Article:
At a private lunch last year, China’s ambassador to the UK spent ten minutes answering my question about why China would not support global limits on greenhouse gas emissions.  He is an excellent diplomat and it was a private meeting so I can’t point to anything he said that deviated at all from the official policy. However, he spent five minutes of the answer explaining the speed with which China can change industrial policy when it decides it wants to. All senior Chinese diplomats, he explained, have to do a couple of years in a provincial administration before they can be promoted to the top jobs. His couple of years had involved suddenly closing a whole cluster of heavily-polluting factory complexes. He said that his job would have been far more difficult under the systems of most European countries.

The ambassador’s answer confirmed the view of one of my Chinese colleagues: China’s plan is to dominate the green energy industries. Once it has done so, it may not agree to binding, Kyoto-style targets but it will agree to policies that effectively require its competitors to invest in green technologies, many of which will be produced in China. It will change its domestic policies to consolidate this advantage on the world stage.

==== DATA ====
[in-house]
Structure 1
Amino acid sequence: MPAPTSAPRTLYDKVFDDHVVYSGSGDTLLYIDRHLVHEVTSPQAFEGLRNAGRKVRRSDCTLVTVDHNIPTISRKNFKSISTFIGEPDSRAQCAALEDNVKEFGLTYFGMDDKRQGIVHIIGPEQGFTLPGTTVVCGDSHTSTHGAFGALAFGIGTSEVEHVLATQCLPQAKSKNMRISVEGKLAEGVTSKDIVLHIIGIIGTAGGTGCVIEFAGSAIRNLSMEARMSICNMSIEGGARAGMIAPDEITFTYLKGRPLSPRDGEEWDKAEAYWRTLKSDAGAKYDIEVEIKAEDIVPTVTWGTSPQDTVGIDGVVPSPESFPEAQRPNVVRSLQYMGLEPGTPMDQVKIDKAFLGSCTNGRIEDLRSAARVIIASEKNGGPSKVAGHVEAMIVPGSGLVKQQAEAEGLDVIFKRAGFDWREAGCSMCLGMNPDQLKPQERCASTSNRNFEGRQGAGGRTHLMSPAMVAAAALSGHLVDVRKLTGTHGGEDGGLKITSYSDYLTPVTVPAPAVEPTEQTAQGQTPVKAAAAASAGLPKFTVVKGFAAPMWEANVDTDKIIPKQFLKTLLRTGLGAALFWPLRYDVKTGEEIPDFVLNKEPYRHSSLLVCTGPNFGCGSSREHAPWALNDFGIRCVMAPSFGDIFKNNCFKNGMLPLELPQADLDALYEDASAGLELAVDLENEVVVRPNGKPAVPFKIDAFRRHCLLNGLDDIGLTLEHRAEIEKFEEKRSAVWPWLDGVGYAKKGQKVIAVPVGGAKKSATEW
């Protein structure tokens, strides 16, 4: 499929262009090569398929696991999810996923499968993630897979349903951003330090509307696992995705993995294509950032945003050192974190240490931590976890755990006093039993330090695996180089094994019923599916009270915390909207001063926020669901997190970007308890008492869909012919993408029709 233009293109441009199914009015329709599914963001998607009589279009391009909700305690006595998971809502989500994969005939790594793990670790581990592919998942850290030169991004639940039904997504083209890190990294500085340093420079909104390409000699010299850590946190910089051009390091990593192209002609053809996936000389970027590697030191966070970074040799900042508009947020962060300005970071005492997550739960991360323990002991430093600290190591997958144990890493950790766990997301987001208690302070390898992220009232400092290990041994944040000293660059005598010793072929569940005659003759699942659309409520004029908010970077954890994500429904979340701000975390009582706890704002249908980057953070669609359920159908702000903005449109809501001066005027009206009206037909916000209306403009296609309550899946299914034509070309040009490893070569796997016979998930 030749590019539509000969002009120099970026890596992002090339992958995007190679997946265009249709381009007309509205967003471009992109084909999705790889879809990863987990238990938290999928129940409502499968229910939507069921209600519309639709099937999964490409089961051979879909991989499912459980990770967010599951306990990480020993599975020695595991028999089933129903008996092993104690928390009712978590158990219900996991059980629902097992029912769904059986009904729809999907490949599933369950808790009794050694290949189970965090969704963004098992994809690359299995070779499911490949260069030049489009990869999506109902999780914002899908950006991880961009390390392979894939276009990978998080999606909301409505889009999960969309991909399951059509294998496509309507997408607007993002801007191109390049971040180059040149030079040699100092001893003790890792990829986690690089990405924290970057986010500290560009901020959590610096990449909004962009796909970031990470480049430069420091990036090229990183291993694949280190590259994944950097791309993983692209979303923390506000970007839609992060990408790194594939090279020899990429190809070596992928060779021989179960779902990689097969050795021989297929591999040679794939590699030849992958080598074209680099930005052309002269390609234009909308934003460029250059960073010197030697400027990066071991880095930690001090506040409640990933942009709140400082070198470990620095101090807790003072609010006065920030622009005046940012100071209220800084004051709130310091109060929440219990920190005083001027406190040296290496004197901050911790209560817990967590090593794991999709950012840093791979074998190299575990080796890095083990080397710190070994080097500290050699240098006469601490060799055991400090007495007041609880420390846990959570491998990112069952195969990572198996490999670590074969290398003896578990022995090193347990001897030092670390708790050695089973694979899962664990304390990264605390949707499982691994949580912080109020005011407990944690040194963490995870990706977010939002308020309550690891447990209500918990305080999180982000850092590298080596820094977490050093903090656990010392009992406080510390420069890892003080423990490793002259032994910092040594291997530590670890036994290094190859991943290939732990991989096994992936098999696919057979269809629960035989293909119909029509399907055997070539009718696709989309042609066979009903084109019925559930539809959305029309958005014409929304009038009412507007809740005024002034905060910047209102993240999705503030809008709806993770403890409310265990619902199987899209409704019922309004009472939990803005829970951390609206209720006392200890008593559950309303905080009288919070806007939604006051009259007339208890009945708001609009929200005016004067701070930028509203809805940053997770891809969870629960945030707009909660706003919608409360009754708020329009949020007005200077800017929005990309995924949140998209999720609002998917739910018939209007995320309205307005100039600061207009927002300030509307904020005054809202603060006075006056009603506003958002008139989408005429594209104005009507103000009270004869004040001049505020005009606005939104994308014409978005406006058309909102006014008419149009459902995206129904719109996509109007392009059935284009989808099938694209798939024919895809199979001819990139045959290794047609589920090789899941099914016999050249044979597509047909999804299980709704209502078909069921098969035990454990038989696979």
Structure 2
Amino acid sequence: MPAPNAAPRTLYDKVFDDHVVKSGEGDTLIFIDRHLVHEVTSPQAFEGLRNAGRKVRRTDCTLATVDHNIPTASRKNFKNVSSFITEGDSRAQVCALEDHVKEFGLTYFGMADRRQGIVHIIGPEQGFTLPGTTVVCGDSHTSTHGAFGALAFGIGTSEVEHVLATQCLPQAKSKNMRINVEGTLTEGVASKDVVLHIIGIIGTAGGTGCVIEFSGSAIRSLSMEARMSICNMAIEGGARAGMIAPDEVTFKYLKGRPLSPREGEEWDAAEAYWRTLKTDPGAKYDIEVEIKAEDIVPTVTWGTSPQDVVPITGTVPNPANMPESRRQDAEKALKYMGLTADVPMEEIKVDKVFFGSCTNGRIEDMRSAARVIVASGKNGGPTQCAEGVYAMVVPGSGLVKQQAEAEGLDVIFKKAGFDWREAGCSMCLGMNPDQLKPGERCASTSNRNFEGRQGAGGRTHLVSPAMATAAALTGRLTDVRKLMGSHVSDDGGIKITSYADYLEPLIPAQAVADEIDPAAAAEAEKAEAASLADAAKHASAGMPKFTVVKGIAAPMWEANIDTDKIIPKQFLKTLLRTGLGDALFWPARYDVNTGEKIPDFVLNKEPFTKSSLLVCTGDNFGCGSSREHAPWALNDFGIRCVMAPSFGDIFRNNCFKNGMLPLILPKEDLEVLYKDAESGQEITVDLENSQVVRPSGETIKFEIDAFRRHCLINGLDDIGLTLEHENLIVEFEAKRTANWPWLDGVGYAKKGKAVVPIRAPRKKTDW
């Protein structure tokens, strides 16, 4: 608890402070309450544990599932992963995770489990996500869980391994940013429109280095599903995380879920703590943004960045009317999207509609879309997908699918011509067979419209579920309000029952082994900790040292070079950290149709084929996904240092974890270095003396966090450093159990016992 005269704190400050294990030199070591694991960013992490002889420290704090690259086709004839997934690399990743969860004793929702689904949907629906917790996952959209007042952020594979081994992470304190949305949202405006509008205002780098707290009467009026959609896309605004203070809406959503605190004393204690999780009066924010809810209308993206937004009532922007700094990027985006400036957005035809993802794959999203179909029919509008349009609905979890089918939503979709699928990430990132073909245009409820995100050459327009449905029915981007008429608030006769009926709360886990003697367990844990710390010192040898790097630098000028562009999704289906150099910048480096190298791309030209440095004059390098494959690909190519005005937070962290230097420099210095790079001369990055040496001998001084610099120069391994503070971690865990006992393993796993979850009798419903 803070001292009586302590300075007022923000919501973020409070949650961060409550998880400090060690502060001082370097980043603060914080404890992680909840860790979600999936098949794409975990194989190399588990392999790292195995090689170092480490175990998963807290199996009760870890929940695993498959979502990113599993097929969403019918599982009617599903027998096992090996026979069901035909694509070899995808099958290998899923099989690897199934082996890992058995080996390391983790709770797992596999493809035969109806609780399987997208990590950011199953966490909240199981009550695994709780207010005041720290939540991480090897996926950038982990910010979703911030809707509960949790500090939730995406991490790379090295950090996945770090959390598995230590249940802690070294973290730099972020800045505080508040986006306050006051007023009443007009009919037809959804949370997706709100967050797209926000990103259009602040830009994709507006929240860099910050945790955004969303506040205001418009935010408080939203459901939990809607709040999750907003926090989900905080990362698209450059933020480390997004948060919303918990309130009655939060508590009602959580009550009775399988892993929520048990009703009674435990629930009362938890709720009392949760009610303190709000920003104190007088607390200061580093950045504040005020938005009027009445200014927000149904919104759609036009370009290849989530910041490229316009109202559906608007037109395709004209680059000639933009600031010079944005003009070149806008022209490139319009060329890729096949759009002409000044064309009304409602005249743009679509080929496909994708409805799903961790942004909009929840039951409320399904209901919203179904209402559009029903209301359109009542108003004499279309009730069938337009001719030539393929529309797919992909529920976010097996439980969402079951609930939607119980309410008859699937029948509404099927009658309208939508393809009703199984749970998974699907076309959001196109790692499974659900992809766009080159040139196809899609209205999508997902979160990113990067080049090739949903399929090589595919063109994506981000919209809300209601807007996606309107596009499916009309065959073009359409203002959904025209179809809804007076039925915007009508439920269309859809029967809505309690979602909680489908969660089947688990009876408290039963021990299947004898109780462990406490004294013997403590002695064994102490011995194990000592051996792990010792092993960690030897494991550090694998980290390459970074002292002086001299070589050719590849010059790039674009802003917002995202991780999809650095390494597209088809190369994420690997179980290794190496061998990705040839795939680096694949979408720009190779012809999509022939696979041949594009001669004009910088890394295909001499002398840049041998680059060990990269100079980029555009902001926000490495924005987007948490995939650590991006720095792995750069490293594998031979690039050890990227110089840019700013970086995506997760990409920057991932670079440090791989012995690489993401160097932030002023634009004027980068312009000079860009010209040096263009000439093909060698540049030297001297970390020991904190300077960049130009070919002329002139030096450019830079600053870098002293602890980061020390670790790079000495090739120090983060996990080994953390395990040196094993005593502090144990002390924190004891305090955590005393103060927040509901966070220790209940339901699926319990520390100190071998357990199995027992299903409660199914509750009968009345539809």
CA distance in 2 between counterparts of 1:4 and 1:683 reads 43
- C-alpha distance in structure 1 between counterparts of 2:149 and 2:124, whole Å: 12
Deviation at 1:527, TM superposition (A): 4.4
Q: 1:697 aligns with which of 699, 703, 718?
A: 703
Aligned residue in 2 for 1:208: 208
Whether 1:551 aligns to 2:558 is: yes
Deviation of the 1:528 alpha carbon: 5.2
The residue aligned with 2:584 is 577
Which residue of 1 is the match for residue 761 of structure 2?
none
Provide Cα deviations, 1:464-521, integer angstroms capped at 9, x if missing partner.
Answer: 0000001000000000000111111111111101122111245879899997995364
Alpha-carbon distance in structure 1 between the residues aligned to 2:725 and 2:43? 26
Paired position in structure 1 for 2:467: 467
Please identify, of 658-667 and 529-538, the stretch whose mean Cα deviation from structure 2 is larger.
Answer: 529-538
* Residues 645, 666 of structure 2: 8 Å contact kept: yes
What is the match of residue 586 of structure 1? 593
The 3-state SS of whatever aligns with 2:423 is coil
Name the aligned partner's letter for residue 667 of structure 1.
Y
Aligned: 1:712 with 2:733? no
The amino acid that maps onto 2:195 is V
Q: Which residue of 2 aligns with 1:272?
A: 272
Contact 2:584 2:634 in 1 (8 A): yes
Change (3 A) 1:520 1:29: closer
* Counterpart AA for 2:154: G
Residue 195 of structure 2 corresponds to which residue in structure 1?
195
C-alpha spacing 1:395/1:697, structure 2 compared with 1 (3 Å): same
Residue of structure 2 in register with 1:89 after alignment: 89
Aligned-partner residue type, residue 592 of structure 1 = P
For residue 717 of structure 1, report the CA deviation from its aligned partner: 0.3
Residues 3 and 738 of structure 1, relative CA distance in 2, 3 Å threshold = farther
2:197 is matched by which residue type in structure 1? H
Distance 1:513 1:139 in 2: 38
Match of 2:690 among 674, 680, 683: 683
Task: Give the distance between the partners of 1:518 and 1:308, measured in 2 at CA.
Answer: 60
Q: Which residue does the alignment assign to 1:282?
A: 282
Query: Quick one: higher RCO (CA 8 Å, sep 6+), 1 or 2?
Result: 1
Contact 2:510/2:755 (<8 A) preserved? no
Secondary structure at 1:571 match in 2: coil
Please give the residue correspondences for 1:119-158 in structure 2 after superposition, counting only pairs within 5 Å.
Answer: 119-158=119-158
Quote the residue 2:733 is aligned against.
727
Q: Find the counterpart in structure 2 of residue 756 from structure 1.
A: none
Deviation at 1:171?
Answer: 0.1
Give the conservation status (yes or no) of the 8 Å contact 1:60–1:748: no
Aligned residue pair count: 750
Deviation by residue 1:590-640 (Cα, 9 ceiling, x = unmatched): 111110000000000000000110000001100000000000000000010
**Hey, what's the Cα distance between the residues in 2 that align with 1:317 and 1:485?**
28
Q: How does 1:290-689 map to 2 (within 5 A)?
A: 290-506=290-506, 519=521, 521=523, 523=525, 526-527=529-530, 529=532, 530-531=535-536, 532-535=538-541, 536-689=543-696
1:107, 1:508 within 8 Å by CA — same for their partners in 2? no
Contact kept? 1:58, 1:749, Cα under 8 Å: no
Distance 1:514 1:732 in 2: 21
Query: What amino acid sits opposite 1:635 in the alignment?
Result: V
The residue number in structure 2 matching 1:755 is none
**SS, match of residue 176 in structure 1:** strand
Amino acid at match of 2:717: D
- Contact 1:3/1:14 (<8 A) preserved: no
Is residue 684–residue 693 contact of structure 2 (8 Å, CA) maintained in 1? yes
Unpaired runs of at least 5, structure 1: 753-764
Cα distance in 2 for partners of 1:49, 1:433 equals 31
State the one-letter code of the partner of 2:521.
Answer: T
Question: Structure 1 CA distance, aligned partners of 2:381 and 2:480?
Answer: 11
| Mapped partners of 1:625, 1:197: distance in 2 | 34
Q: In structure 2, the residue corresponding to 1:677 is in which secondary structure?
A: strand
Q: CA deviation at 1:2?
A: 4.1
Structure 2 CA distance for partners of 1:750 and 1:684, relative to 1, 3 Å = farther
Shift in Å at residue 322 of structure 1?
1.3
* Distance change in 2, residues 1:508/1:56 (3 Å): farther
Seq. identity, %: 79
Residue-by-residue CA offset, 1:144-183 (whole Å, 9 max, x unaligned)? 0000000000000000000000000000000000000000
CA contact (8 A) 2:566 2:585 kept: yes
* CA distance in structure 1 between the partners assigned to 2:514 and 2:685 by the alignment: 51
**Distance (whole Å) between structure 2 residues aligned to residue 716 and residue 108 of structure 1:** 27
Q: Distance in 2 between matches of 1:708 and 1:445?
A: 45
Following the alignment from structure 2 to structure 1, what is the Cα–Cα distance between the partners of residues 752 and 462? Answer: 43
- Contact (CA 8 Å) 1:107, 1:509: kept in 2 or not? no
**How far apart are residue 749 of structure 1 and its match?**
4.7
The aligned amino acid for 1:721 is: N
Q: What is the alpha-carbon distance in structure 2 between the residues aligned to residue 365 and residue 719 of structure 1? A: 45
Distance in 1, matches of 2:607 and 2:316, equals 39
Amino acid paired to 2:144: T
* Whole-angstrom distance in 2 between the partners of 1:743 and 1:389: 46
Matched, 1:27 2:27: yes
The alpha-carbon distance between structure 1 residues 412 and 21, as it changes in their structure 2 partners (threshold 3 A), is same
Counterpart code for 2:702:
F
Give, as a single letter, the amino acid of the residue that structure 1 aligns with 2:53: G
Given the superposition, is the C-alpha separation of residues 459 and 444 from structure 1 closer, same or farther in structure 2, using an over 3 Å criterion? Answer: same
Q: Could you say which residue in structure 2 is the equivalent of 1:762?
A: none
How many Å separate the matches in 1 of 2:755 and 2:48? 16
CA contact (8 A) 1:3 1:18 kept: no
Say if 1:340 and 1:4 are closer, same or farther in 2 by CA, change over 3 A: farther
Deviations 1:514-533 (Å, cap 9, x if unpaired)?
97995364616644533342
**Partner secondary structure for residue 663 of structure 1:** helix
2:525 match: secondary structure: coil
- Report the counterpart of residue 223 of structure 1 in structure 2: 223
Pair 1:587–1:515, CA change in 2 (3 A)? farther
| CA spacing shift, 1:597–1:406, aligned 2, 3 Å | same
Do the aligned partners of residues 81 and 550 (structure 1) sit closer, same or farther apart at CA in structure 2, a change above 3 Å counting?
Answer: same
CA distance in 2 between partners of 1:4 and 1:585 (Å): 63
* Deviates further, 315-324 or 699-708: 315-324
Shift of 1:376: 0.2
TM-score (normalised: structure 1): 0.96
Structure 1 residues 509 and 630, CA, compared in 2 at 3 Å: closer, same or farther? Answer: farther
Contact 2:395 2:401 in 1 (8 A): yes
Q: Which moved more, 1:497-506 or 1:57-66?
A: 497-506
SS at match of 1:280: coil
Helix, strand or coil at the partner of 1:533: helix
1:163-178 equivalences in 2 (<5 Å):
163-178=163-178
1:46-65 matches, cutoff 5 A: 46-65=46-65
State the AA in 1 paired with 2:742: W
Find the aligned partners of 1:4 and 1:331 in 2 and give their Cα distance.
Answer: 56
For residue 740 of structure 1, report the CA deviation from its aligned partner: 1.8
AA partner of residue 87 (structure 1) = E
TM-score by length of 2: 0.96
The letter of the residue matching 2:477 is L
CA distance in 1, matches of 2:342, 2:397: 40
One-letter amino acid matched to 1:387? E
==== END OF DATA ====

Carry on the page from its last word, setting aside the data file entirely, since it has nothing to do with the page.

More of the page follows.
Yesterday’s Der Spiegel suggests that this process may be accelerating under China’s new leadership.  Environmental industries have now joined pharmaceuticals, biotechnology and steel as officially-designated, “key industries”. Spiegel thinks the shift came because of the unpopularity of last winter’s heavy smog although, in reality, it has been happening for much longer. Spiegel takes a positive view on this helping German industry and that may, indeed, have been the gist of the official briefings from both China and Germany that they were evidently given. However, both may be pushing this view after the EU’s humiliating climbdown on the import of heavily-subsidised solar panels from China (a climbdown largely forced by Germany). The , rather good, take on the story in PolicyMic (and, for example, in The Economist) says nothing about German economic advantage.

Wind Power